This is it—the last scheduled post for It Couldn't Happen Here. After careful consideration, we have decided to forgo an episode-a-day analysis of The Night Stalker revival. Instead, we leave you with this thoughtful overview of the short-lived series by David J. Schow.
by David J. Schow
by David J. Schow
Reboot The Night Stalker. How dare they, right?
Revamp Kolchak into post-McGavin Tormented Hero With A Dark Secret mode; lose the seersucker, lose the hat, lose the yelling matches with Vincenzo, subtract the idiosyncratic byplay — in fact, stomp cruelly on childhood recollect of everything that made Kolchak: The Night Stalker memorable. Bad, bad TV people! Evil reivers of cherished youth!
ABC sure thought their 2005 series was a massive fail, canceling it after only six episodes aired.
Fans of “Classic Kolchak” had plenty to bitch about, too, whining and stamping their hooves about each and every microscopic deviation from what they were convinced was some kind of gospel. And in the middle of the first decade of the 21st Century, internet comment boards gave even the least literate of these champions ample space in which to wheeze and poot their displeasure … as though their opinions mattered for anything.
But Classic-K was abundantly available by that time, in the form of comics and tie-in books of new tales that played by the old rules. For the most part, they did not preserve or perpetuate Carl Kolchak so much as shellac him in amber, the way John Gardner’s “modernized” novels tried to preserve the Playboy Philosophy-era James Bond — accurately, but at the airless cost of repeating what had already been done. Or they recombined him with other fictional sleuths such as Sherlock Holmes in mashups.
Upside: These still-ongoing works kept the flame burning.
While it is fair to say The X Files helped enable a Kolchak reboot, it was also a huge obstacle — Kolchak now had to fit into a post-X Files TV universe and not be dismissed (as some put it) as “X Files lite.” Considering all the other spinoffs and features in the X Files family, it’s a shame Kolchak’s run was truncated, leaving potential character arcs undeveloped and unexplained. As the pilot episode proves, Spotnitz’s heart was in exactly the right place, even extending to three hat-tips to Classic K:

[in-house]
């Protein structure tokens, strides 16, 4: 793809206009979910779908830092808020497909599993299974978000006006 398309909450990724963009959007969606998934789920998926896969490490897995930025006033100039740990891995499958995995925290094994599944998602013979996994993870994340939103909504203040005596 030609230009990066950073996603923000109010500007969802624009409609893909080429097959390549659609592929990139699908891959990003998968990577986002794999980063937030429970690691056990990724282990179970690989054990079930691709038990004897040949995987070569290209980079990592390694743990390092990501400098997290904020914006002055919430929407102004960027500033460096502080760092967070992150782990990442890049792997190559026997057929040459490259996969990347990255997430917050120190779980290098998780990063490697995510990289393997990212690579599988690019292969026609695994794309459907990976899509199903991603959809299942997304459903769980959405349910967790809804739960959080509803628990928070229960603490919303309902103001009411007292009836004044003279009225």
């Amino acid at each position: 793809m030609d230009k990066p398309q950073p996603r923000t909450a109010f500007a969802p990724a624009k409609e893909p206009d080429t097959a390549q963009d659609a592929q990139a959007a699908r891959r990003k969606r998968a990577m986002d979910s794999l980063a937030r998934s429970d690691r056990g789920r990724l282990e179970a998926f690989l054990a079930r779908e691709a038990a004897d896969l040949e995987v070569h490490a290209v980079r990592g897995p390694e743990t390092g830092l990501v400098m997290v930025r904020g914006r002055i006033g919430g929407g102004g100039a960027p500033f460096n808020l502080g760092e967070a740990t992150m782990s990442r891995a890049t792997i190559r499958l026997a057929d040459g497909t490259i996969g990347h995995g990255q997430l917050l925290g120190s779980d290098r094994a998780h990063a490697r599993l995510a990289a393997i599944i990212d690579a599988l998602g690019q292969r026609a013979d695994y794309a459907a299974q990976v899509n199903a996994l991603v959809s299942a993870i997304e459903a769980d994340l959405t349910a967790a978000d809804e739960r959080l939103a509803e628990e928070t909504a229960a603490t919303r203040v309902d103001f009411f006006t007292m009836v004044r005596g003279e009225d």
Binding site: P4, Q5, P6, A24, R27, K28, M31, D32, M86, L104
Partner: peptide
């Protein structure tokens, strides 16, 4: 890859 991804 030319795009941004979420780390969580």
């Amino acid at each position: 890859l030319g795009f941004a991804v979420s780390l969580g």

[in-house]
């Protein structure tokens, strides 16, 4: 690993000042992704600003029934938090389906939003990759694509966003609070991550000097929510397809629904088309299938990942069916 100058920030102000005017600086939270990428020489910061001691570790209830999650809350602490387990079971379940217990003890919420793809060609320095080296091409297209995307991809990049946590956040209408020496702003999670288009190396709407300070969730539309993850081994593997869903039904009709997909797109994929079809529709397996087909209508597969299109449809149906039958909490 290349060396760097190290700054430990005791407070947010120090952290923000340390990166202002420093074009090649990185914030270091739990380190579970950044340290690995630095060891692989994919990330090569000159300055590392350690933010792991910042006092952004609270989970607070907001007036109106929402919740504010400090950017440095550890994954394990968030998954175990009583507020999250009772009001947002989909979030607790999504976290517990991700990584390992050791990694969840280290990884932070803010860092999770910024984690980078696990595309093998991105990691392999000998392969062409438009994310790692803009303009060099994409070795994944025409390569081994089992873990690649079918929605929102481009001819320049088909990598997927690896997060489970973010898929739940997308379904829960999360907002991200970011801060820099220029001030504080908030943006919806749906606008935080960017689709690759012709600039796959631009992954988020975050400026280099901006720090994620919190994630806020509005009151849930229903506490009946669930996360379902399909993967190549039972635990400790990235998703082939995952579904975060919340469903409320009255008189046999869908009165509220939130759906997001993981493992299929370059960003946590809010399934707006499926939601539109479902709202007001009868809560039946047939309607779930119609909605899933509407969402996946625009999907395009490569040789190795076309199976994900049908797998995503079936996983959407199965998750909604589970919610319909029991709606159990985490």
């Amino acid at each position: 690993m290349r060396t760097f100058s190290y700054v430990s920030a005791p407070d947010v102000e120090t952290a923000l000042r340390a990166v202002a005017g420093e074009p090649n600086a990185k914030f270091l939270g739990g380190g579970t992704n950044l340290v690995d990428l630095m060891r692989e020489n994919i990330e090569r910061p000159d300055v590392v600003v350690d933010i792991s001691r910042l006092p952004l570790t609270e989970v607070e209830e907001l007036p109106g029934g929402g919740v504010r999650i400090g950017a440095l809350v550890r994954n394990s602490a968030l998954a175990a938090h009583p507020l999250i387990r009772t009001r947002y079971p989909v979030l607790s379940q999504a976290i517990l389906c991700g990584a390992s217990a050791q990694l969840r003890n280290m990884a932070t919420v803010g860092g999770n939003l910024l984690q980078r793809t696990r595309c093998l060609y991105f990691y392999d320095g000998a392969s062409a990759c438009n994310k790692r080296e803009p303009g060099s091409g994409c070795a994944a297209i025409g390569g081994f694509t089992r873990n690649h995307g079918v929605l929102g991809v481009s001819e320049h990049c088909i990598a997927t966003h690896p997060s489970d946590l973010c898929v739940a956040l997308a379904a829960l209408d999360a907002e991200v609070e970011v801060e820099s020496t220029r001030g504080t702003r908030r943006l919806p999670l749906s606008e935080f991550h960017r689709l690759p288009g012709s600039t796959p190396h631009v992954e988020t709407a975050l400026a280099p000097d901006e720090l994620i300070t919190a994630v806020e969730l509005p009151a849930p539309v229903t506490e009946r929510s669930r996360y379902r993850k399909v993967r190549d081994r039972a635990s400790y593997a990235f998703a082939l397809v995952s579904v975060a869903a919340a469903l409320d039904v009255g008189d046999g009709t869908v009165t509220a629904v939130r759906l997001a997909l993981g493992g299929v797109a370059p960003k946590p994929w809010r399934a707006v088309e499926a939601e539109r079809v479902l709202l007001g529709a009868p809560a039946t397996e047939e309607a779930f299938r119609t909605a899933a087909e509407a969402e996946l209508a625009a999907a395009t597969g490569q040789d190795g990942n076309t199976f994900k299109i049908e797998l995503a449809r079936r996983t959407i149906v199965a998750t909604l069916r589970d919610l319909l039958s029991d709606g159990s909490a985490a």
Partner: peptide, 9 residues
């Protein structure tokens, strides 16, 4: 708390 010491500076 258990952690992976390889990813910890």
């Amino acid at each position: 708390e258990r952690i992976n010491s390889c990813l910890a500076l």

(1) A “digital cameo” by McGavin’s Kolchak in the Beacon newsroom (look close and you’ll see it’s a shot of Kolchak putting a hammer and stake in his workbag, from The Night Stalker).
(2) Kolchak’s “bird feeder” hat hanging in the new Kolchak’s home office.
(3) The license plate on Kolchak’s upgraded Mustang reads 197DMG2 — as Spotnitz explained, for “Darren McGavin, 1972.”
Vincenzo was recalibrated as minor royalty more than a father figure; this revised Tony would go to bat for Kolchak, especially when Constitutional rights were at stake. Kolchak himself was subdivided into a threesome for the sake of more character interplay: Kolchak himself, now a man harboring a dark secret on a personal quest; Perri Reed, a distaff side and reluctant partner who takes over much of Vincenzo’s old Doubting Tony role; and Jain McManus, who takes over the role of Kolchak’s camera/recorder and becomes his satellite/gofer. A new Bernie Fain reappears (from the original TV movie), now refitted as an antagonist in the mold of The Fugitive’s Lt. Phil Gerard — thanks to incomplete information and circumstantial evidence, he wants to nail Kolchak for the murder of his wife, Irene (christened after the Kathie Browne character in “The Sentry”).
The blood so absent from the original series is now present in abundance, offered more as grueling aftermath than jumpy splatter. Spotnitz specified a color palette where red was used almost exclusively in the context of death or danger (to the extreme of removing the red lights from police cruiser flashbars). Another welcome wrinkle for a show called The Night Stalker: This show is drenched in darkness, night and shadow, recalling David Chase’s protestation (“It’s called the Night Stalker, not the Day-for-Night Stalker!”) and evoking the hectic, after-hours urban POV popularized by Michael Mann, under whom Spotnitz had worked on Robbery Homicide Division in 2002
In an interview conducted by Devin Faraci at Chud.com in 2006, Spotnitz noted: “… the more I thought about the more I realized you can’t do Darren McGavin better than Darren McGavin. It’s a fool’s errand. It was better to go for a completely different approach to the character and series and hope that over time, people would accept it — not as better than McGavin, but different.”
Slotted into a kiss-of-death berth against the hugely popular CSI on CBS, The Apprentice on NBC, and the 2005 major league baseball playoffs on Fox, The Night Stalker suffered pre-emptions via Alias, and had little-to-no paid advertising from ABC. It was cancelled right in the middle of a two-part episode, with four episodes unbroadcast until the series was re-run on the Sci Fi Channel in 2006. All episodes are currently available on DVD and assorted download options.
For more on Frank Spotnitz, see:
- Frank Spotnitz Diary of a Night Stalker at EW.com
- Excellent piece in Los Angeles TimesMagazine (go to pages: 106-111, 220, 222-223).
- Interview at BloodyDisgusting.com.
- Ten Questions with Frank Spotnitz.
- Series post-mortem on Chud.com.